Rimmel London uses Facebook’s Camera Effects to grow the audience for its AR ‘try-on’ concept
Cosmetics maker Rimmel London experimented with augmented reality in June 2016 when it let users virtually try on makeup using an app. Now, Rimmel is hoping to widen the audience for the same idea using Facebook Stories.
On Wednesday, the Coty-owned brand launched interactive filters on Facebook’s new Camera Effects platform. In Facebook’s in-app camera, users say “wow” to cycle through four different Rimmel eyeliner looks on their faces. They can then take a photo of their favorite style and share it to Facebook Stories.
It’s been hard to get people to use AR via apps because there’s a high bar to getting people to download a new app, but the hope is that with Facebook, it will reach a wider audience. “This is allowing us to take a lot of the learnings we had with the app-based model and make it more scalable,” said Fred Gerantabee, global vp of digital innovation at Coty.
Rimmel wouldn’t say how many users have downloaded the free “Get the Look” app, but according to the Apple App Store, only 15 people have rated it, not enough for the store to display an average.
Developers can use Facebook’s AR Studio to create custom effects at no charge, which is also cheaper than building an app. Gerantabee said on Snapchat, meanwhile, similar filters “are notoriously expensive and usually run for one or two days, or a week at best.”
Rimmel is one of the early adaptors of Facebook’s AR technology. At Facebook’s annual F8 Developer Conference in April, Facebook announced it would share its Camera Effects API with a closed beta group of developers. U.K.-based augmented reality agency Holition, which worked with Rimmel to develop the try-on effects, was one of the developers invited to be part of the beta group.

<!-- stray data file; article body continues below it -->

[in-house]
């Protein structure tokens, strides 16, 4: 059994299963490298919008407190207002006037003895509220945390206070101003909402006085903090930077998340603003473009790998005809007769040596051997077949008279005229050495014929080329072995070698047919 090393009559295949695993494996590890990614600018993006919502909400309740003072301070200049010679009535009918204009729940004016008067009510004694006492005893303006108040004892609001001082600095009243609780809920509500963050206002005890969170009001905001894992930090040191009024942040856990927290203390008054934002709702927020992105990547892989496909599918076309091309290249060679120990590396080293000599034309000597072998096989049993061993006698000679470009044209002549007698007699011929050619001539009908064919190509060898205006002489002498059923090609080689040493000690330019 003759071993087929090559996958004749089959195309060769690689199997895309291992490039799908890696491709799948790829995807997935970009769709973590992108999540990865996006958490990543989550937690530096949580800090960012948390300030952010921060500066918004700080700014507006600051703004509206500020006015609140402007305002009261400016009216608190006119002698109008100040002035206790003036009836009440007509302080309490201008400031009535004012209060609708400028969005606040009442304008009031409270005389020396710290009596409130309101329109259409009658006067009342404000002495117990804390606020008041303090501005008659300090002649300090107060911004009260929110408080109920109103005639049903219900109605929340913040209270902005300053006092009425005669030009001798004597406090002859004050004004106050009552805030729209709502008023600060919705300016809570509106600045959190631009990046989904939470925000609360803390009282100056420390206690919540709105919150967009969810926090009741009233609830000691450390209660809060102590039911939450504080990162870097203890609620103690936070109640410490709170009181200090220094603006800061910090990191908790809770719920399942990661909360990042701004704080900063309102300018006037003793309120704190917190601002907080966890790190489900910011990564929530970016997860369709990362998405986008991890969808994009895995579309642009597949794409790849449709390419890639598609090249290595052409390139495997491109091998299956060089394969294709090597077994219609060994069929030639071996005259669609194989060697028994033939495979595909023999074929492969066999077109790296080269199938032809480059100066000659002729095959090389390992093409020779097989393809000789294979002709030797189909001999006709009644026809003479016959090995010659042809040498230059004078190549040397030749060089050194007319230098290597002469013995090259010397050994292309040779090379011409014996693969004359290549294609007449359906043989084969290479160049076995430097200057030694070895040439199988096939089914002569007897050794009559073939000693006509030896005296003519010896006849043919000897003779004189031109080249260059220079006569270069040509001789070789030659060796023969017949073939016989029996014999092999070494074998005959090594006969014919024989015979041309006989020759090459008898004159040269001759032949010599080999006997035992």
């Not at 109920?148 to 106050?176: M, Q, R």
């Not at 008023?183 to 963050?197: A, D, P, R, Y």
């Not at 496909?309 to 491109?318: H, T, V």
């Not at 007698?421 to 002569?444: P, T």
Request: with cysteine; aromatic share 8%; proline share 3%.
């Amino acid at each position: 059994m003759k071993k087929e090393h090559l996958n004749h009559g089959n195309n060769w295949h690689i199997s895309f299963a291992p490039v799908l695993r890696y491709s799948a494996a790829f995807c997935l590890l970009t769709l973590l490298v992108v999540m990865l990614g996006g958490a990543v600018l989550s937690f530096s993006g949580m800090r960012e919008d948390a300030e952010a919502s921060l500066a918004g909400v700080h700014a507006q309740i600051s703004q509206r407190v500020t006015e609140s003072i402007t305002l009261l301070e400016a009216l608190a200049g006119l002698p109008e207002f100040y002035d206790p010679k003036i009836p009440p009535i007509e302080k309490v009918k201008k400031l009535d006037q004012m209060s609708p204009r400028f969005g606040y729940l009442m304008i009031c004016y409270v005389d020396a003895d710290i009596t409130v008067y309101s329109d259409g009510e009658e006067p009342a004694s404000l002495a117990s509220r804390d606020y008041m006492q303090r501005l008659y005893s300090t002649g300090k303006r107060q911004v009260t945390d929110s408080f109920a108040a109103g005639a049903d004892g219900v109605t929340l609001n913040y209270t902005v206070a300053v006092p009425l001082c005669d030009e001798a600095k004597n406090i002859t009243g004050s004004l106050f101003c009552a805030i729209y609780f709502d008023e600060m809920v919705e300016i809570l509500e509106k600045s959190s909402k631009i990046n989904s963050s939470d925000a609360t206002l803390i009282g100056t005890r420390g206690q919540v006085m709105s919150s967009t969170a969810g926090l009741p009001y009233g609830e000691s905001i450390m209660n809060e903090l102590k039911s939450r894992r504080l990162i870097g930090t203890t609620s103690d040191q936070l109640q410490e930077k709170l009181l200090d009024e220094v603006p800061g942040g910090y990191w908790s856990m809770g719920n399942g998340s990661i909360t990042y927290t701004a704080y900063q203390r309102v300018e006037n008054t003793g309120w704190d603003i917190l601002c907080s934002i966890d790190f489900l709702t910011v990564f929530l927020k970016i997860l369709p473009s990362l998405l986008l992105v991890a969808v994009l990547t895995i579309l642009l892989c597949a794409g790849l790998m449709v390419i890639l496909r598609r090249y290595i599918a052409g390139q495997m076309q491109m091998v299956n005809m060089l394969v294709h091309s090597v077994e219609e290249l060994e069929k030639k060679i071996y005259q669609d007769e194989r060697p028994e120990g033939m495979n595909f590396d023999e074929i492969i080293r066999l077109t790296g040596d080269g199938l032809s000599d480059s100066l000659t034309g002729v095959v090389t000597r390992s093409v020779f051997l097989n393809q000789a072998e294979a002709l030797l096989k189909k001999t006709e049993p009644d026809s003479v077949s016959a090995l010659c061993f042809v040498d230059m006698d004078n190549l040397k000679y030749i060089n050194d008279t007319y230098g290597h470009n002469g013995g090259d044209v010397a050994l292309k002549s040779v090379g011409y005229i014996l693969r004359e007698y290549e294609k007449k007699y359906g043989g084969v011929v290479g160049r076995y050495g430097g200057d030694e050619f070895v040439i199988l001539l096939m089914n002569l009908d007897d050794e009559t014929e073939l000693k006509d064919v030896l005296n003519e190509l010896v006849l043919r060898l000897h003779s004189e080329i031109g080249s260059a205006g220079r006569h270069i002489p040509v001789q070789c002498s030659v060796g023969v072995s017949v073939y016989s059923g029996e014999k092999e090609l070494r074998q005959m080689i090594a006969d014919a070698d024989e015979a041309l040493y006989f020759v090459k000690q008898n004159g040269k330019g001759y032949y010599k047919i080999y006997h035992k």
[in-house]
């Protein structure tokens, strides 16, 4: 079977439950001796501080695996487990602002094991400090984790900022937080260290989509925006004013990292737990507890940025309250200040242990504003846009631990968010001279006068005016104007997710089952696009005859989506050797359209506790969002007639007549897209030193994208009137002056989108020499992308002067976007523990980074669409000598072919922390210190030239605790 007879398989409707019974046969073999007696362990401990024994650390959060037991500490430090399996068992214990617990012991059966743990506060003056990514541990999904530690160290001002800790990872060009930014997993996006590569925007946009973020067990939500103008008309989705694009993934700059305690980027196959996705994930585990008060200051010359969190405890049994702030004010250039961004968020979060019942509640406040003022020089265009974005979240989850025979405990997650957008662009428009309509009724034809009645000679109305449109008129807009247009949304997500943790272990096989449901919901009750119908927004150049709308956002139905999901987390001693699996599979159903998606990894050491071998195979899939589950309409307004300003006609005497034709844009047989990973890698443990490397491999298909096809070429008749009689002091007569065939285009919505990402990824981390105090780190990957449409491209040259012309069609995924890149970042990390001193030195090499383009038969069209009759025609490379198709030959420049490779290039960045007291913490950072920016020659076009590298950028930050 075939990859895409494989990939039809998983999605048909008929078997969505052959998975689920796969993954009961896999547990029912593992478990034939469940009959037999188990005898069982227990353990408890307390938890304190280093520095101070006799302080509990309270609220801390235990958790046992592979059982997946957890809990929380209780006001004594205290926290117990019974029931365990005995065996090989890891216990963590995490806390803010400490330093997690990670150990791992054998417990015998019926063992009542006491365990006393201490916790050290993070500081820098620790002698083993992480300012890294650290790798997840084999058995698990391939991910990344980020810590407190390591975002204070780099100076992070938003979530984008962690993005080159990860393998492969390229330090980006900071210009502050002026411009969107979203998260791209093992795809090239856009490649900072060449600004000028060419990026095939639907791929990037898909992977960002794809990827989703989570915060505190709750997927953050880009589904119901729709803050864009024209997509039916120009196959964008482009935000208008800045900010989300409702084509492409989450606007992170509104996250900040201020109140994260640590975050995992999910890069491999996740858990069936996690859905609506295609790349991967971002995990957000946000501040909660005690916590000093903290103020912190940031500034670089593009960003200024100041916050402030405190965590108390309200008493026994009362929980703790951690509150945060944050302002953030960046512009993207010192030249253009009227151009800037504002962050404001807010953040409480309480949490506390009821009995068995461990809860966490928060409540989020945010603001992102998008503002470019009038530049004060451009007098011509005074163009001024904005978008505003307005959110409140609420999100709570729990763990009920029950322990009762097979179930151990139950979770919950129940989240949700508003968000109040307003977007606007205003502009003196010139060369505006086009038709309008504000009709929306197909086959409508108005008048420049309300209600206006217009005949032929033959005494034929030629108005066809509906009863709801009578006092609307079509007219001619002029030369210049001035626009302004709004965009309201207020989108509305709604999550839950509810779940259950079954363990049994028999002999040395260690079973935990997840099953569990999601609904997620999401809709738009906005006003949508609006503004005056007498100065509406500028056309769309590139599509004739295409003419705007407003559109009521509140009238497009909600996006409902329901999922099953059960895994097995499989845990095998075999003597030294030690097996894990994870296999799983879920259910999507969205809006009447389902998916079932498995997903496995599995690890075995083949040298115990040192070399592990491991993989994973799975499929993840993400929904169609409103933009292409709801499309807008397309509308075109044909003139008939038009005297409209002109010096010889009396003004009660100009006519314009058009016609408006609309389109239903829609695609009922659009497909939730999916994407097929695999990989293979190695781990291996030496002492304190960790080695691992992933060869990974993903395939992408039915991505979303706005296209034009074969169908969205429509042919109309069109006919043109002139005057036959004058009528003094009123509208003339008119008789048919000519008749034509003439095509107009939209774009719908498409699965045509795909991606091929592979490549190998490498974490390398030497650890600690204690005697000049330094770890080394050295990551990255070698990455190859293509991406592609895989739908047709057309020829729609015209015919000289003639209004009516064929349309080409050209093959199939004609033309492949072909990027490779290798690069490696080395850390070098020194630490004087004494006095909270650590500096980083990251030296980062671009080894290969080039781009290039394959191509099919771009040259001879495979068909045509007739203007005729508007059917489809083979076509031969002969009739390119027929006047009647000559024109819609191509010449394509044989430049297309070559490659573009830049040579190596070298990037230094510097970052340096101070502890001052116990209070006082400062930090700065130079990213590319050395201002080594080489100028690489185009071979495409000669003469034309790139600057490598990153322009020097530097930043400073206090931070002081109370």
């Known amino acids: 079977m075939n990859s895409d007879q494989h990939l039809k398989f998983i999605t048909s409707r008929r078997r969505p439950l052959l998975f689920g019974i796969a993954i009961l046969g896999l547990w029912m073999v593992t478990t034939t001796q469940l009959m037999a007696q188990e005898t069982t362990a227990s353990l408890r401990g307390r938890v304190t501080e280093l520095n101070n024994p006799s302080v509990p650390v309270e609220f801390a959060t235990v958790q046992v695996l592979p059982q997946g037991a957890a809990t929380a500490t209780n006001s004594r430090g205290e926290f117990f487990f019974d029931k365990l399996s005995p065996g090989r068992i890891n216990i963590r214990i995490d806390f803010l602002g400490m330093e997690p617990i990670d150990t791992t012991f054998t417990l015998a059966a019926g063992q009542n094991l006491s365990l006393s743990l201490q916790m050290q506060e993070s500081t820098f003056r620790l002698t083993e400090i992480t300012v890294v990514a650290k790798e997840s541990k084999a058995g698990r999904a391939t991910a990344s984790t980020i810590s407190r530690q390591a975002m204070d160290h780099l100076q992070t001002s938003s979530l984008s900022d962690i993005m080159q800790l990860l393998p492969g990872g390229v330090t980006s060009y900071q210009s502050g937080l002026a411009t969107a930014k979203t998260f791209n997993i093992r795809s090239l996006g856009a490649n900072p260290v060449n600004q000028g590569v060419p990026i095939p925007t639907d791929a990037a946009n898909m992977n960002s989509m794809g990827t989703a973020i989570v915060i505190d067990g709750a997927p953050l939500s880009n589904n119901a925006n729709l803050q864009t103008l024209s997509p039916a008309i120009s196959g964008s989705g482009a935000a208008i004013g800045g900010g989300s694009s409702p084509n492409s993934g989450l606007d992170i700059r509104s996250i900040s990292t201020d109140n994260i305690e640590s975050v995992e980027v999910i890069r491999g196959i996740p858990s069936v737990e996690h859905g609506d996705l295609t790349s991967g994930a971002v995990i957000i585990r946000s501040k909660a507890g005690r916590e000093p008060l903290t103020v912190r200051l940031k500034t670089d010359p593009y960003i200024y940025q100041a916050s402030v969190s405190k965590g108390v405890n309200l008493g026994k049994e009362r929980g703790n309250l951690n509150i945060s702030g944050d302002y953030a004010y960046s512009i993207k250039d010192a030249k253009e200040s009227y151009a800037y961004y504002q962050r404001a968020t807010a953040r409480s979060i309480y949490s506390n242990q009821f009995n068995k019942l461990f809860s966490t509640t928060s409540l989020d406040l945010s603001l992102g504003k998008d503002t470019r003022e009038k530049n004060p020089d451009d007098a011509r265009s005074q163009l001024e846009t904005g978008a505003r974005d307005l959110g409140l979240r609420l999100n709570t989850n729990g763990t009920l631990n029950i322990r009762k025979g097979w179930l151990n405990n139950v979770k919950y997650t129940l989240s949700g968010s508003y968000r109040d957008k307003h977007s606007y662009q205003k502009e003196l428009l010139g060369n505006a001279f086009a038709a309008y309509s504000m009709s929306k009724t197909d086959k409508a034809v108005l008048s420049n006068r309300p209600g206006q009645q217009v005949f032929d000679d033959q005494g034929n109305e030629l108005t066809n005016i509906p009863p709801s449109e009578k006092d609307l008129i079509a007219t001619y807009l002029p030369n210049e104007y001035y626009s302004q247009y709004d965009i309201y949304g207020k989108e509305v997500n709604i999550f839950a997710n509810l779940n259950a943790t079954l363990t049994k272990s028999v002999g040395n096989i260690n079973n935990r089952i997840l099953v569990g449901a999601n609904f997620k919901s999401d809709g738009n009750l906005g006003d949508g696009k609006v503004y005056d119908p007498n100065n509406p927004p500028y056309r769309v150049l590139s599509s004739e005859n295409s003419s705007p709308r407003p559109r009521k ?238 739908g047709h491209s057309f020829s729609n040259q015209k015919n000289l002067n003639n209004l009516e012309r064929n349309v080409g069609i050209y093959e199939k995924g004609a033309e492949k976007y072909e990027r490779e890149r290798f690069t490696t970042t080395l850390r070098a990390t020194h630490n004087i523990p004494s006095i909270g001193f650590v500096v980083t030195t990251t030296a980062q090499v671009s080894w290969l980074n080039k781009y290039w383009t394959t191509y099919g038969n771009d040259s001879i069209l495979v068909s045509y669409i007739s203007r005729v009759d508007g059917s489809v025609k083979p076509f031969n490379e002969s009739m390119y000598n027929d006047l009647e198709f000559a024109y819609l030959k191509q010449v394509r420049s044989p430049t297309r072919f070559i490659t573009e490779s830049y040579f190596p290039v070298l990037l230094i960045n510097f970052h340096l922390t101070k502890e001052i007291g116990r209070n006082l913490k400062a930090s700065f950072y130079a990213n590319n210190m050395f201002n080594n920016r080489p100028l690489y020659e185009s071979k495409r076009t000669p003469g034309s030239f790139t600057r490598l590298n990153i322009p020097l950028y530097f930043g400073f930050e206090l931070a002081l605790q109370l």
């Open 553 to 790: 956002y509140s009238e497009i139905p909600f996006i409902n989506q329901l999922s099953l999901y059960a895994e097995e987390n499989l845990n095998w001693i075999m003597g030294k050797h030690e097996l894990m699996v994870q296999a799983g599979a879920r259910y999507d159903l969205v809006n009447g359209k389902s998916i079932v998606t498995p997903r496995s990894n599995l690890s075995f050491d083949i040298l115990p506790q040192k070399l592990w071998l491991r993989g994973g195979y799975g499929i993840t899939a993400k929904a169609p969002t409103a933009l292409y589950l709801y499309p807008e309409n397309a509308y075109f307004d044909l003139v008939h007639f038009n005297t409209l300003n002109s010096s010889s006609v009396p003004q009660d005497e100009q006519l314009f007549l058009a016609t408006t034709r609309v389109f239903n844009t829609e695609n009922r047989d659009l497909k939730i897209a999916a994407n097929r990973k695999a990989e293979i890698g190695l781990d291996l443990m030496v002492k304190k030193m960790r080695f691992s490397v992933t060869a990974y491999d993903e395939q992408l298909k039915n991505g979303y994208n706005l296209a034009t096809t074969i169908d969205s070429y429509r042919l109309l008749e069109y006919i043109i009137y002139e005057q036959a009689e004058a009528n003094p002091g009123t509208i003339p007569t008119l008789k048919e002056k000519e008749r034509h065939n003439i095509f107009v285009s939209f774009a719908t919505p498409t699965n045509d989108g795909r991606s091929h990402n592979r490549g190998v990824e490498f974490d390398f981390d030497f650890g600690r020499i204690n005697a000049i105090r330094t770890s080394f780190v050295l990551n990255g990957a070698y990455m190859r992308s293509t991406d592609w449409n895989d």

It’s unclear when Facebook will open the beta group to others and begin monetizing the technology. “These tools are still in the early days, so we will work to optimize both the Camera and the Camera Effects Platform for people first,” said a Facebook spokesman. “In the future, if appropriate, we will consider paid ways for businesses to participate.”
Other brands such as soccer club Manchester United, game developer EA, Nike and Rimmel’s sister brand Gucci have experimented with the AR effects. Nike used the technology to overlay a sweatband on a user’s head and pull in a map of their running route.
“It’s always a risk to introduce something new,” said Gerantabee. “But the great thing about playing in platforms like Facebook and Instagram, and even Snapchat, is that you are adding functionality to things people are already using.”
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